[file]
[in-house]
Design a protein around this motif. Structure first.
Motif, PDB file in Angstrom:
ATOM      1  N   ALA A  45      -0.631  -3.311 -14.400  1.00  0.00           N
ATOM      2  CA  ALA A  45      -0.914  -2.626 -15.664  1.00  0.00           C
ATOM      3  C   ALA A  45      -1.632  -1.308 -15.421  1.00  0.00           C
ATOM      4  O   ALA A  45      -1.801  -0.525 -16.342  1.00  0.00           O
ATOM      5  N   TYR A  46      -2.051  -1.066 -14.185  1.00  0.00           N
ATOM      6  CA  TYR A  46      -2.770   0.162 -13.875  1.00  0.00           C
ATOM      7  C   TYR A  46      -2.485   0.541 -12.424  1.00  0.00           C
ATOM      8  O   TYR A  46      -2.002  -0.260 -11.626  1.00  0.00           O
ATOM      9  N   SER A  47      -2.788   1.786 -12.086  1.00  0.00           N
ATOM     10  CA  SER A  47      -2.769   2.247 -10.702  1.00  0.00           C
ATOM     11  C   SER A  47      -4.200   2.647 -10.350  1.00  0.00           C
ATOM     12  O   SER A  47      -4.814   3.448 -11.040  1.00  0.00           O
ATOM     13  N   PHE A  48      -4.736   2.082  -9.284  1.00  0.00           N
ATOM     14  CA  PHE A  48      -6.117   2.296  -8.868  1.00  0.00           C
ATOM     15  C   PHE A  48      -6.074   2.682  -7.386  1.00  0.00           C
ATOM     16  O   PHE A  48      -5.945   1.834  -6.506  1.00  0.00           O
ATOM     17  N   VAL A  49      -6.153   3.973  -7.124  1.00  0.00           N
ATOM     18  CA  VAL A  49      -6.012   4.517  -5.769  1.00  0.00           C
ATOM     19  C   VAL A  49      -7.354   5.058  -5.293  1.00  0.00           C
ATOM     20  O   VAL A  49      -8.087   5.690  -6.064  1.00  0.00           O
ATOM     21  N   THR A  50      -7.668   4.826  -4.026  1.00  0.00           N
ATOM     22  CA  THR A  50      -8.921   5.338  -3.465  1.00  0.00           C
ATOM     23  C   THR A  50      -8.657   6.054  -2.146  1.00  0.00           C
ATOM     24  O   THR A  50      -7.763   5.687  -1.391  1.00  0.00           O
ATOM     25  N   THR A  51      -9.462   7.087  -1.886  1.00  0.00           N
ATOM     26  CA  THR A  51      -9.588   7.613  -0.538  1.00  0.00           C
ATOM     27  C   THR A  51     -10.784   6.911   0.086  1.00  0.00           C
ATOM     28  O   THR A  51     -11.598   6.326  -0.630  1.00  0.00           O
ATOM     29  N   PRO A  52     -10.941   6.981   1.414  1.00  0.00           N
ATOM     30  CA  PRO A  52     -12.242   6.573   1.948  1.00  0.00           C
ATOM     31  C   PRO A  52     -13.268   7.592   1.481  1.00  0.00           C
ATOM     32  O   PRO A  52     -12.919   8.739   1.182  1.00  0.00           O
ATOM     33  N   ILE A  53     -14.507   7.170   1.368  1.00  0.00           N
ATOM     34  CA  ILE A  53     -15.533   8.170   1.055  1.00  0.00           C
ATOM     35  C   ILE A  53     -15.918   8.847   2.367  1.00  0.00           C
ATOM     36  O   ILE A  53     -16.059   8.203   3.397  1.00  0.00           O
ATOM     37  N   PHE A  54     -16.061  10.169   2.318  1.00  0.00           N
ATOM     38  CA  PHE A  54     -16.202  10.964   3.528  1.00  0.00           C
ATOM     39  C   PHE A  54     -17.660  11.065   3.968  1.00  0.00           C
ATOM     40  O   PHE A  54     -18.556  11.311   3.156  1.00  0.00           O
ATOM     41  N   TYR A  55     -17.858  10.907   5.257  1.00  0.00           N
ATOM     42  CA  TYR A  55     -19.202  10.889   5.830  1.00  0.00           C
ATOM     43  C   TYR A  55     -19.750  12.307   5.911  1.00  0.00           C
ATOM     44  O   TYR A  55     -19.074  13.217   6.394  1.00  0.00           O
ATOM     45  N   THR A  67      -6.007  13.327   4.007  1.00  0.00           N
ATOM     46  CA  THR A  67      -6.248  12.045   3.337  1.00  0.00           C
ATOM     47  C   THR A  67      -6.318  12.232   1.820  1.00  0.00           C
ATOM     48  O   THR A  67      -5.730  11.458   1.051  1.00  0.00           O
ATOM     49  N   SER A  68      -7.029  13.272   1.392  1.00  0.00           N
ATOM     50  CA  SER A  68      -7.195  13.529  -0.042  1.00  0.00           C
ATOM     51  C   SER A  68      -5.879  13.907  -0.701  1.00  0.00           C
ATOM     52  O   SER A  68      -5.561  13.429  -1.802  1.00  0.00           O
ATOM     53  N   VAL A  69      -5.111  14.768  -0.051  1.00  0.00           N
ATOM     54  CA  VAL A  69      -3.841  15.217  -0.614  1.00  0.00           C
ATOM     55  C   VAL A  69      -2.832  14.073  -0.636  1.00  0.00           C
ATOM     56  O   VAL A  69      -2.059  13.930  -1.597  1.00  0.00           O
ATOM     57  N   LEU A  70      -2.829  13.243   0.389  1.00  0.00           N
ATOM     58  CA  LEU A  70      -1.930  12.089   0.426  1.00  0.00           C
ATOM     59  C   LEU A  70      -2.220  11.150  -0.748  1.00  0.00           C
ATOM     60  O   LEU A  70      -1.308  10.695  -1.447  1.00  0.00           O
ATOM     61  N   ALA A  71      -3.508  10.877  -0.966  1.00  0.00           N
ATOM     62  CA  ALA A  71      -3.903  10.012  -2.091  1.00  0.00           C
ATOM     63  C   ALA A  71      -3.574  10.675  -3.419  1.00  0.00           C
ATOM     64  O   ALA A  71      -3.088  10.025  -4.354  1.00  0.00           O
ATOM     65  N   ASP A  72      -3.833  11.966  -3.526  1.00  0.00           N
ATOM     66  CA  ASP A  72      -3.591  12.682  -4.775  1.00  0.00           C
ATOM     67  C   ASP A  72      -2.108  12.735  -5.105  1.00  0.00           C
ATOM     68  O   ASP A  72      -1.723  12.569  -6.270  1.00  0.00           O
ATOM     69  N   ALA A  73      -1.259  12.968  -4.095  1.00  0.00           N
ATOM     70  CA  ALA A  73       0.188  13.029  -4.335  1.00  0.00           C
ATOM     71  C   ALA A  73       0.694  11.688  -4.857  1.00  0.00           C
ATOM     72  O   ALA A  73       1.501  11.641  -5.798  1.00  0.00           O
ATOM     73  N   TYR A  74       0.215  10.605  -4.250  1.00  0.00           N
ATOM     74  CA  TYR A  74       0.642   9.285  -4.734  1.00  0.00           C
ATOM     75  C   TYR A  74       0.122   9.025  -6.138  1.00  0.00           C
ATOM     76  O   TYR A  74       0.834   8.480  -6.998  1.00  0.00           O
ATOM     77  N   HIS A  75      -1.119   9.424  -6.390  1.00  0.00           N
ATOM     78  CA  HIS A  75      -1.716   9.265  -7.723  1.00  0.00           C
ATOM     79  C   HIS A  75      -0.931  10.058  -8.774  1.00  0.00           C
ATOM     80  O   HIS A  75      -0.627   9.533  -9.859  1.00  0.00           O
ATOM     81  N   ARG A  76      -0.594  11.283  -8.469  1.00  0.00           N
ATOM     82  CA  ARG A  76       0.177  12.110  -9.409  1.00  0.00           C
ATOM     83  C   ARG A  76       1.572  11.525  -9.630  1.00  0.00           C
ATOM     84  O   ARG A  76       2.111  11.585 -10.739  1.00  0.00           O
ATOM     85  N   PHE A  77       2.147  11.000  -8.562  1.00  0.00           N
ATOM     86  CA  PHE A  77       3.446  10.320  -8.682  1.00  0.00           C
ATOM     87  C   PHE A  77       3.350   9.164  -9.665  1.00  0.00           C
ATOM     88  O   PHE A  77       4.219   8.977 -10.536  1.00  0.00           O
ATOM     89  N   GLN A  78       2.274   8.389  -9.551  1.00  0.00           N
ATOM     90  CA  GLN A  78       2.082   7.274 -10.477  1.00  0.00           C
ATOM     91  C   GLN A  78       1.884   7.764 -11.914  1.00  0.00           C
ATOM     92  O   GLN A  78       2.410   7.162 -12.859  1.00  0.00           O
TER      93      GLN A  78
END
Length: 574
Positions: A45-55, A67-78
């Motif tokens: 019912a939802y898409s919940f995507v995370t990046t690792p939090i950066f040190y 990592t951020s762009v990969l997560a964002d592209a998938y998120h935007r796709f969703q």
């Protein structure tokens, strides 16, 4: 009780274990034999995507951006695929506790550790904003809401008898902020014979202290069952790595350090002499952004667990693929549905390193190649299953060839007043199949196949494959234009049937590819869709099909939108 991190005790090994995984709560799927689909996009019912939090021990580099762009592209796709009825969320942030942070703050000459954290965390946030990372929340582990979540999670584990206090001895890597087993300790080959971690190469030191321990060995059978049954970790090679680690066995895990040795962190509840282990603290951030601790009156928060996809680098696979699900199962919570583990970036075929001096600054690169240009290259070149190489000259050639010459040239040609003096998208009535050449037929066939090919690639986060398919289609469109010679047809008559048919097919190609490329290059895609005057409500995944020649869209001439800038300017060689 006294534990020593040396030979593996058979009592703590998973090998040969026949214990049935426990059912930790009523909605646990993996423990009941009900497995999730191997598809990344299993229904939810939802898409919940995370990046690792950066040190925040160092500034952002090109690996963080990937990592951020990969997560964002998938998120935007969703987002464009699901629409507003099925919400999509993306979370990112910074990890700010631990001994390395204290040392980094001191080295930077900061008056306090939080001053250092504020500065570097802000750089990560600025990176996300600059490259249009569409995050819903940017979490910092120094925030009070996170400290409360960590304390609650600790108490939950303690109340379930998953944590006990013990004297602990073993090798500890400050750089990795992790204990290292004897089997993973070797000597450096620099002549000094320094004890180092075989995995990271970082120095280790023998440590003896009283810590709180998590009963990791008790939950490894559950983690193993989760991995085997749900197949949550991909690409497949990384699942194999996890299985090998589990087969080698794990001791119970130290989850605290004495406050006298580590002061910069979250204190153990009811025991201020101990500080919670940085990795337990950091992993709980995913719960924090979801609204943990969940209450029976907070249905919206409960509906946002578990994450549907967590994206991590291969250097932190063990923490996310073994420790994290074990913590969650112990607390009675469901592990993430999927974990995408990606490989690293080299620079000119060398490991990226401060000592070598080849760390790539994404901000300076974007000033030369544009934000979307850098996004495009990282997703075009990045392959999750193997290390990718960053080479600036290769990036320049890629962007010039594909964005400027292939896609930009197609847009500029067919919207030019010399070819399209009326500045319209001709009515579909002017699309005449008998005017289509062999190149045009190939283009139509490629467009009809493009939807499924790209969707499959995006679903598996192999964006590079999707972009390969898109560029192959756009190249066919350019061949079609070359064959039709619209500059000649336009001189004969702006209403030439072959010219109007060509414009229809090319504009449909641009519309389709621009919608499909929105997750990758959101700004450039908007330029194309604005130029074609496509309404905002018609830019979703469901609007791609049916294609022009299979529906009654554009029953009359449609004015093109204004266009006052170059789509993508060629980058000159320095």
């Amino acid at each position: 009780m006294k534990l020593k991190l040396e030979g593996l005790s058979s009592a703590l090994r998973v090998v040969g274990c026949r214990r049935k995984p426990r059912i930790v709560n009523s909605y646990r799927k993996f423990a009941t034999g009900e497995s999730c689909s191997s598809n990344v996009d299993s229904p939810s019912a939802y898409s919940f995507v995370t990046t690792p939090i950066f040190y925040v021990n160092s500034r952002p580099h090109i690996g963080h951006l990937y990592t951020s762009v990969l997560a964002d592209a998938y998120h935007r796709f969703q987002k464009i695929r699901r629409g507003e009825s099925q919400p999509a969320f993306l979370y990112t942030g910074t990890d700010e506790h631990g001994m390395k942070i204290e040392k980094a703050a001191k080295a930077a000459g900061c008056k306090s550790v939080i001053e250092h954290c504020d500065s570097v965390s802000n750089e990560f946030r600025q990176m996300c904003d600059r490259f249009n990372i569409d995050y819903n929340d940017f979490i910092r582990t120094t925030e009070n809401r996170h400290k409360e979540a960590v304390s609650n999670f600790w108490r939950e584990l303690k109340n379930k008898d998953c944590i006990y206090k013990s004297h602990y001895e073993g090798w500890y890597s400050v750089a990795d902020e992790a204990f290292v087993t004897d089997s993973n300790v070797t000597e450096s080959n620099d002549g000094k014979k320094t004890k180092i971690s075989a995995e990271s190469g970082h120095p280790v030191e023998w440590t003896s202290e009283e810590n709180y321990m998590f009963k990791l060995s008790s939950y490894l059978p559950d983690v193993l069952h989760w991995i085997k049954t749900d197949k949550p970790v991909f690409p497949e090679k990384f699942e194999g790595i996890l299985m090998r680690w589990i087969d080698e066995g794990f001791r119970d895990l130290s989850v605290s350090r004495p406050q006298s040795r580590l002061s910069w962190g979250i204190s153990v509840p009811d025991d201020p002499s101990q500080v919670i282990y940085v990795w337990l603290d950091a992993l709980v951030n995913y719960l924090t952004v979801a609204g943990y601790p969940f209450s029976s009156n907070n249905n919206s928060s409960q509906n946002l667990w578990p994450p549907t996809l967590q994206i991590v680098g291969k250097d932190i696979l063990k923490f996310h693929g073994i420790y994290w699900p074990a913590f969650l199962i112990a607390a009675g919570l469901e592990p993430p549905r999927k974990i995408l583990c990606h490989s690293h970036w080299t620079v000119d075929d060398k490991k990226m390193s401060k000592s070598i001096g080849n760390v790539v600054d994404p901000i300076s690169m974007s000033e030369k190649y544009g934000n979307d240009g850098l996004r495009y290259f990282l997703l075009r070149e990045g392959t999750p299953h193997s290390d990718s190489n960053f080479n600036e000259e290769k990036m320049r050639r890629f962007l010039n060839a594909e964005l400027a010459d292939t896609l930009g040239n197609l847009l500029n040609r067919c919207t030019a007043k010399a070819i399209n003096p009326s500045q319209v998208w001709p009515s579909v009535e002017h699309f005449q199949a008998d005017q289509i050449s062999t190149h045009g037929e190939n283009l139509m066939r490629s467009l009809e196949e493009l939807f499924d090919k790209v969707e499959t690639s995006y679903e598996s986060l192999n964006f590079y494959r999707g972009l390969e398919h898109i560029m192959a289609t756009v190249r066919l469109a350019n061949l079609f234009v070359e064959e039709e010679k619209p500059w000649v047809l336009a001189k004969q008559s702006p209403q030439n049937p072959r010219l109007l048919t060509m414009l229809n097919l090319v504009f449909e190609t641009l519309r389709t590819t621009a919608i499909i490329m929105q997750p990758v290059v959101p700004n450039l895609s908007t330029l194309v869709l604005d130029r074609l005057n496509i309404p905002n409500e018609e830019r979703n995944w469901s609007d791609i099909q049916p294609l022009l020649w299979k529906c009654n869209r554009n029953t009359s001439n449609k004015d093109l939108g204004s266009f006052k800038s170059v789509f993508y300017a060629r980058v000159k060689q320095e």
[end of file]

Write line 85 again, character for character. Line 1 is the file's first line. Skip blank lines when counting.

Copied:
ATOM     82  CA  ARG A  76       0.177  12.110  -9.409  1.00  0.00           C